Multi-Cultural Britain Comes Under the Spotlight in Dance Piece

United KingdomUnited Kingdom Pink, Border Tales: Luca Silvestrini’s Protein, The Place, London, 28.02.2014 (J.O’D)

Protein's 'Border Tales' photo by Chris-Nash
Protein’s ‘Border Tales’ photo by Chris-Nash

Eryck Brahmania, Salah El Brogy, Stephen Moynihan, Femi Oyewole, Yuyu Rau, Stuart Waters, Kenny Wing Tao Ho
Apprentice Dancer: Jodie Honeybourne
Additional Cast: Eleni Papaioannou, Amanda Dufour, Sofie Burgoyne, Sacha Flanagan, Florencia Martina, Rosamaria Cisneros-Kostic
Musician: Anthar Kharana
Additional live music: Joe Boxshall, Femi Oyewole
Conceived and Directed by Luca Silvestrini
Composer: Andy Pink
Lighting Design: Jackie Shemesh
Costume stylist: Valentina Golfieri

The jagged line of blue light that divides the floor of the stage (around which the audience sits) at the start of this ‘funny and tender look at multi-cultural Britain’ is an effective reminder that it deals with the subject of otherness. ‘We’ve got burlesque and pole-dancing. We’ve got Vivienne Westwood and Alexander McQueen,’ says dancer-actor Stuart Waters in apparent celebration of contemporary British life, and the possibilities it offers. ‘You can have anything you want on the base of your ten-inch pizza,’ he adds. But the way he says this (and he says it well) suddenly makes it sound as much like something lost as something gained.

The seven other performers are often placed in relation, or opposition, to this performer who represents a ‘Britishness’ that can have good intentions or that can react with aggression when it feels under threat. ‘Stuart, tell me how to be an Englishman,’ says one (who was born in Mansfield of Chinese parents). ‘He never saw a black man until he was eighteen,’ says another (who was born in Nigeria and grew up in London), ‘and then it was on EastEnders.’ One of the most successful sections of this dance-theatre work shows Stuart awkwardly hosting a party (‘You’re Muslim?’…‘Heavy!’). For it is when the performers interact (and move), rather than deliver monologues, that the words work best. The monologues, which are often addressed to a ‘You’ (‘I think you think…’, ‘You’d probably like it if…’), appear to assume that the audience is more homogenous than the cast. I might, at time, be the ‘You’ that is referred to (even as I’d like to think I wasn’t), but what about the woman from South America sitting opposite me? The focus on one kind of Britishness, its relation to otherness and the relation of otherness to it, can make the piece appear old-fashioned.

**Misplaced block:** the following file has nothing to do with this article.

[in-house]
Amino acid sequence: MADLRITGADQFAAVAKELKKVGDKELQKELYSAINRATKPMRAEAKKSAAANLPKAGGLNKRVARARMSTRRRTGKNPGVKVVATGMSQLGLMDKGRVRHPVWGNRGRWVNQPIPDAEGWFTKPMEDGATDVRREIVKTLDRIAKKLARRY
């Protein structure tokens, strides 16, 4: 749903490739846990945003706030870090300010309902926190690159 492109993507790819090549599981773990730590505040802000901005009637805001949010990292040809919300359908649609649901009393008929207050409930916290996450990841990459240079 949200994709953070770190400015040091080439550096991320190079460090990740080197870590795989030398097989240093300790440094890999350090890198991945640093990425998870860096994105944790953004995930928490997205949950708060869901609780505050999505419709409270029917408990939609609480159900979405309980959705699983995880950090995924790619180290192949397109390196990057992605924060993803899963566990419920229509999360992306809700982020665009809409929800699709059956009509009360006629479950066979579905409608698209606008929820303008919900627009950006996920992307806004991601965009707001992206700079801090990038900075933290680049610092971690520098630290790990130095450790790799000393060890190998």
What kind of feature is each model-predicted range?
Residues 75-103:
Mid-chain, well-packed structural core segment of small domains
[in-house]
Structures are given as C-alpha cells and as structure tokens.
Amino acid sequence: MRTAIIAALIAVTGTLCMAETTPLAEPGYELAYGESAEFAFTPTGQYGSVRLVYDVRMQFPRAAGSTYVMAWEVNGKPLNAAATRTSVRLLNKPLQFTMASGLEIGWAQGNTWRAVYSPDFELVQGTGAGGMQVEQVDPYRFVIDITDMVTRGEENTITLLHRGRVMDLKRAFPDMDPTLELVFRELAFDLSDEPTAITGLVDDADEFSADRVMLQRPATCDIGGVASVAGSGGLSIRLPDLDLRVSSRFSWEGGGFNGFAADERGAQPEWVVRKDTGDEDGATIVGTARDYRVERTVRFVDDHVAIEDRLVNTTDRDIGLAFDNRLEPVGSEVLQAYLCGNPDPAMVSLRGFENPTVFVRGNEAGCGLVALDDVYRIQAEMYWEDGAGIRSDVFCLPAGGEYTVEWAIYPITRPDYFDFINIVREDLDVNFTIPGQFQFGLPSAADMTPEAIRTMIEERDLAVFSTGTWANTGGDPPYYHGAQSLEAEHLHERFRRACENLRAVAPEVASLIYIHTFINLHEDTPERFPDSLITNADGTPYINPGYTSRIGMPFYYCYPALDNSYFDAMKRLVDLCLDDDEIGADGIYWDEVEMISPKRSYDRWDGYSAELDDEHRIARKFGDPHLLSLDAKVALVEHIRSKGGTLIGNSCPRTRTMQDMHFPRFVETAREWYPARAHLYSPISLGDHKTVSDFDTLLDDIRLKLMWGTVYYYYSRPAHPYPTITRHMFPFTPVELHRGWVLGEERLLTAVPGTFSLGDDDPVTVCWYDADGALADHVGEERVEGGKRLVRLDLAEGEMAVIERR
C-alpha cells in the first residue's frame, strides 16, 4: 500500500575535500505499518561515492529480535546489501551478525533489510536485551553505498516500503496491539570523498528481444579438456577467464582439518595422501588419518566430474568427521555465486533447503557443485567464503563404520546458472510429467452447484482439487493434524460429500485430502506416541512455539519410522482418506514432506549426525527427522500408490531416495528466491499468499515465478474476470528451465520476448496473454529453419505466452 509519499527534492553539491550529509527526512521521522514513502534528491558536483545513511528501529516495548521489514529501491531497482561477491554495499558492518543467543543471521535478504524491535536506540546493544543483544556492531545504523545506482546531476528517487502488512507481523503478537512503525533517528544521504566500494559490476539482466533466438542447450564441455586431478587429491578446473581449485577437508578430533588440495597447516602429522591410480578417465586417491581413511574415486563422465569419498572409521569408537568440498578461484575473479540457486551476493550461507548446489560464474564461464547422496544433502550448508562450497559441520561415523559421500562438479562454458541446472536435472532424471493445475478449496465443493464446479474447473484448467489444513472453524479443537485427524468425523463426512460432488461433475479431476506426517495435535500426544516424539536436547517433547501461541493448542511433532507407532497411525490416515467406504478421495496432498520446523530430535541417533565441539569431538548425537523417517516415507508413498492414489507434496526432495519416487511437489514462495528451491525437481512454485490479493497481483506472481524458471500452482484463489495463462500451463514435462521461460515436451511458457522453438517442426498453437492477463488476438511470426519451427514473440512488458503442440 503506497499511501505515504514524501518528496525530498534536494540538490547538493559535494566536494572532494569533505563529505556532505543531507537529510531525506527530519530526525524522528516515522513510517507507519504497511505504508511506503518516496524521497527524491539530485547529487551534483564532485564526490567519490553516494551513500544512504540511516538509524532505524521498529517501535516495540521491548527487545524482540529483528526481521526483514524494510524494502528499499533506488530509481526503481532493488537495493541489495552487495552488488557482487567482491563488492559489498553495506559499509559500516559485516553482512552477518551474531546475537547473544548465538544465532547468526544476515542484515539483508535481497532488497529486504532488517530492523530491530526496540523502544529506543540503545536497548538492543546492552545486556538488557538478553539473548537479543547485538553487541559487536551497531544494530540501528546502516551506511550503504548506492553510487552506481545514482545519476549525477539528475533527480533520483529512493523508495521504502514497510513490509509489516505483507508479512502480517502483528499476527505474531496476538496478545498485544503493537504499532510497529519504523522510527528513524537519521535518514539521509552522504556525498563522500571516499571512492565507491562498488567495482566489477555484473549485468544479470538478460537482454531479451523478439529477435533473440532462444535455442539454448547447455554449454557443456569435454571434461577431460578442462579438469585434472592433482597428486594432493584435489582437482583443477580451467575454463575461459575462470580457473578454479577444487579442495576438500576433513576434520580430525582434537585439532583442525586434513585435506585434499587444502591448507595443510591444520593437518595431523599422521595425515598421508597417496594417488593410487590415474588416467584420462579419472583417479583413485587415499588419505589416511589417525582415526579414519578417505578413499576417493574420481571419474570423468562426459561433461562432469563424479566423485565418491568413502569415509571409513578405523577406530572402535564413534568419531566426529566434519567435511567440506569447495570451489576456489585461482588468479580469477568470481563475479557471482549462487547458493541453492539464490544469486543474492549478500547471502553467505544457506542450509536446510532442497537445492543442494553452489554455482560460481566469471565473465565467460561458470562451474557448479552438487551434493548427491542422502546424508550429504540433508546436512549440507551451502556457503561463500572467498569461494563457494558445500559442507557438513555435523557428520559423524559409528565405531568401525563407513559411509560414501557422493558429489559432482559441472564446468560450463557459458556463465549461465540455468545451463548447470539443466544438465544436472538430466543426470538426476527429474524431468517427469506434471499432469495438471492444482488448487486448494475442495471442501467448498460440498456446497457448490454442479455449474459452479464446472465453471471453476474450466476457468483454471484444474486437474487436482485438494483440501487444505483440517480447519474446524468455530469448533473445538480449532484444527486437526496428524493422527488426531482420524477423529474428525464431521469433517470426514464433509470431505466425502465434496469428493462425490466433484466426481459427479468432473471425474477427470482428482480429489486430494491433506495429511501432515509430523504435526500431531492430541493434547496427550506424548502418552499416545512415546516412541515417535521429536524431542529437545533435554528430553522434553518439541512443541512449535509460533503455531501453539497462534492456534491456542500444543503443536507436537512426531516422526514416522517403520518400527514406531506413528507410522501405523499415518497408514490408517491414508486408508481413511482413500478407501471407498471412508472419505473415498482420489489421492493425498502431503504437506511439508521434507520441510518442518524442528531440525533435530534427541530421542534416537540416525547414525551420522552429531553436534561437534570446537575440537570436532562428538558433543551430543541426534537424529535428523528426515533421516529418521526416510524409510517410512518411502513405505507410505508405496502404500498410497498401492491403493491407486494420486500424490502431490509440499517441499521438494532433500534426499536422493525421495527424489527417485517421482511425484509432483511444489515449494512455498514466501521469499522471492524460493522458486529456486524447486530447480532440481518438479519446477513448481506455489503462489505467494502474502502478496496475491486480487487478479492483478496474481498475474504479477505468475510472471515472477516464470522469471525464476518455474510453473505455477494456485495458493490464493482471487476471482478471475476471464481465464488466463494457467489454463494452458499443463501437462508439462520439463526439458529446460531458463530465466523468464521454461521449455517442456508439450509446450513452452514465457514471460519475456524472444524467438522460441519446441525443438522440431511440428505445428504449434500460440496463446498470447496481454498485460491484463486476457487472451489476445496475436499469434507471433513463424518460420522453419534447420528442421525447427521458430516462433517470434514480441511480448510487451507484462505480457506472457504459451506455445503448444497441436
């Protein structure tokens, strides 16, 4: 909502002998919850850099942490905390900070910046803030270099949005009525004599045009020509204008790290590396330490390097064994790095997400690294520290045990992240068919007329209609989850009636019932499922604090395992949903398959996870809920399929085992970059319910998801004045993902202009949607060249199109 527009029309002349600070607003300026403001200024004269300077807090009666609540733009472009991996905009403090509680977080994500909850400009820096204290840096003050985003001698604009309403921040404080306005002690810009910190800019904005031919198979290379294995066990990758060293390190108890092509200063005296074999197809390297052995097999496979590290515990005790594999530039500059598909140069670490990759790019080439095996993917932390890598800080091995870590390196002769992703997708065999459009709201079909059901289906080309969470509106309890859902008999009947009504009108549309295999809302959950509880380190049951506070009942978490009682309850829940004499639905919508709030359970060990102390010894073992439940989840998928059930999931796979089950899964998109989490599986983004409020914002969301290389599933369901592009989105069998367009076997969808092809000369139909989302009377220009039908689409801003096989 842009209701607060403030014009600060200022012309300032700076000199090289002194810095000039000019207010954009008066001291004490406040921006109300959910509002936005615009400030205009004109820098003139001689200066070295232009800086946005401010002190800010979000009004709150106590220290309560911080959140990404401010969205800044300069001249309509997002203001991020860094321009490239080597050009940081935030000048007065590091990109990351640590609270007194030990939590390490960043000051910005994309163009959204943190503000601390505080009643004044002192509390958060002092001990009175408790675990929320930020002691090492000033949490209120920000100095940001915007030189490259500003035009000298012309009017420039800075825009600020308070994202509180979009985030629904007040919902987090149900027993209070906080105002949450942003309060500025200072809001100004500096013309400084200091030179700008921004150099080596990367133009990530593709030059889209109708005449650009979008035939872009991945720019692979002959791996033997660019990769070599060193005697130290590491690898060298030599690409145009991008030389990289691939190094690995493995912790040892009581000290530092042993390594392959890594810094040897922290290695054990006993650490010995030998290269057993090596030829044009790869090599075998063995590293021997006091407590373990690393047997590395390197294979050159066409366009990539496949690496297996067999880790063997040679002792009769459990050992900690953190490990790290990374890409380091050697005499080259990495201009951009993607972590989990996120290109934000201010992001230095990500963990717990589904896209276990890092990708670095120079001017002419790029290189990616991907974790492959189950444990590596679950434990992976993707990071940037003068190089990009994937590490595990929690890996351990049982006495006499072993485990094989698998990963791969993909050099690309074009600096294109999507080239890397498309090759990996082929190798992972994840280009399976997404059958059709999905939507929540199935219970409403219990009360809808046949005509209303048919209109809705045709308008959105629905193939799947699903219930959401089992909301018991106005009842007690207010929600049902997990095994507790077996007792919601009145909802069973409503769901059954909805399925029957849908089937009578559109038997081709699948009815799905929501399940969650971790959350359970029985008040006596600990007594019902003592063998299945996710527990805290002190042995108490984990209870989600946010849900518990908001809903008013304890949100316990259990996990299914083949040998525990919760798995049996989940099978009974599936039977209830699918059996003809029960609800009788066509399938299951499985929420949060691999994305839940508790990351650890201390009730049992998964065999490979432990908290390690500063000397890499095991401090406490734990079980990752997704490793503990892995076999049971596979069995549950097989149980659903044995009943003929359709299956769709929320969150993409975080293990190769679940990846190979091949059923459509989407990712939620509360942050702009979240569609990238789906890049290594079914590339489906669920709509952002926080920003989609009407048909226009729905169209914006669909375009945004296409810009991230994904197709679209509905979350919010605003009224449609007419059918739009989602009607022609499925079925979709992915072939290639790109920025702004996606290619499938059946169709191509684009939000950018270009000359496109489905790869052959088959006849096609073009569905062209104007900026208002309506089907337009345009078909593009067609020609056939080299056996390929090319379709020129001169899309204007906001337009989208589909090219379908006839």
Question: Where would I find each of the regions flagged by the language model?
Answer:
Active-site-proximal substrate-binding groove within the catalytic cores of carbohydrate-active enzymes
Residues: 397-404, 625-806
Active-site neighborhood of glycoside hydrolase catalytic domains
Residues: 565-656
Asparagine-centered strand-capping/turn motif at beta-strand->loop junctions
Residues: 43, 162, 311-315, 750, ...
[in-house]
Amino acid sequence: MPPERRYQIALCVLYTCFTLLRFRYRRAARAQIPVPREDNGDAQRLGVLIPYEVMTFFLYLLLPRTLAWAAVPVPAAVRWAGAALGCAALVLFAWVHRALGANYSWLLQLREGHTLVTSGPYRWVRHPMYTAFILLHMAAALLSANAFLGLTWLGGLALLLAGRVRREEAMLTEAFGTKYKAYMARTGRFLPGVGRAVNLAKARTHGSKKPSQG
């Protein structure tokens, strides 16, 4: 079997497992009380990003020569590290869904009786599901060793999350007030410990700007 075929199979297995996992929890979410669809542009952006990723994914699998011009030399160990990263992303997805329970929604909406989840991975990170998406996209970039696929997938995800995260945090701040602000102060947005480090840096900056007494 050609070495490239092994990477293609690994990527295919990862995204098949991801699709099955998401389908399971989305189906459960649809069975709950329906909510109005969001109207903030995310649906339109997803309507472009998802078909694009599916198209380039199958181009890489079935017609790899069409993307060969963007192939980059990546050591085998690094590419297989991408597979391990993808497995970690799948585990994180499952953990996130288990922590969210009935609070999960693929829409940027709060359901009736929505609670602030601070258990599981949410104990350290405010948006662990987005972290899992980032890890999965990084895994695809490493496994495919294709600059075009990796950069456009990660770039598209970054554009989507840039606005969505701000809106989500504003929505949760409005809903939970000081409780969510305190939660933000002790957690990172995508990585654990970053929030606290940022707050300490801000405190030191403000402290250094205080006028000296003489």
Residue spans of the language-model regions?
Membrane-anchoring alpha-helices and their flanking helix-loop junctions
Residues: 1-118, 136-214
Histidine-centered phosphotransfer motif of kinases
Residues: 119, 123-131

The movements work well at all times (particularly those of Eryck Brahmania in his monologue, and Yuyu Rau as she acts out the roles stereotypically ascribed to Eastern women). They complement the words like a physical teletext, illustrating the feelings of exclusion and awkwardness expressed by the performers as they move. When language becomes a barrier, movement is a way of communicating. The most positive moments come when it is shared, when the dancers move in unison. But if it gives these moments, Border Tales also takes them away: dancing can turn to fighting; one member of a group can suddenly be rejected for fear of the bomb he might be carrying in his backpack. A reference at this point to ‘personal belongings’ introduces the chilling, Orwellian note of modern public address systems.

‘Where are we going?’ a scared and tearful Stuart asks at the end as he sits holding a balloon with the word ‘Welcome’ printed on it. ‘We’re not going anywhere.’ Border Tales does not provide an answer. (‘I have nothing to teach or preach about,’ director Luca Silvestrini says in the programme). Perhaps one answer is to be found in the gesture of another dancer (Irish, in this case) who places a hand, tenderly, on the seated man’s head.

 John O’Dwyer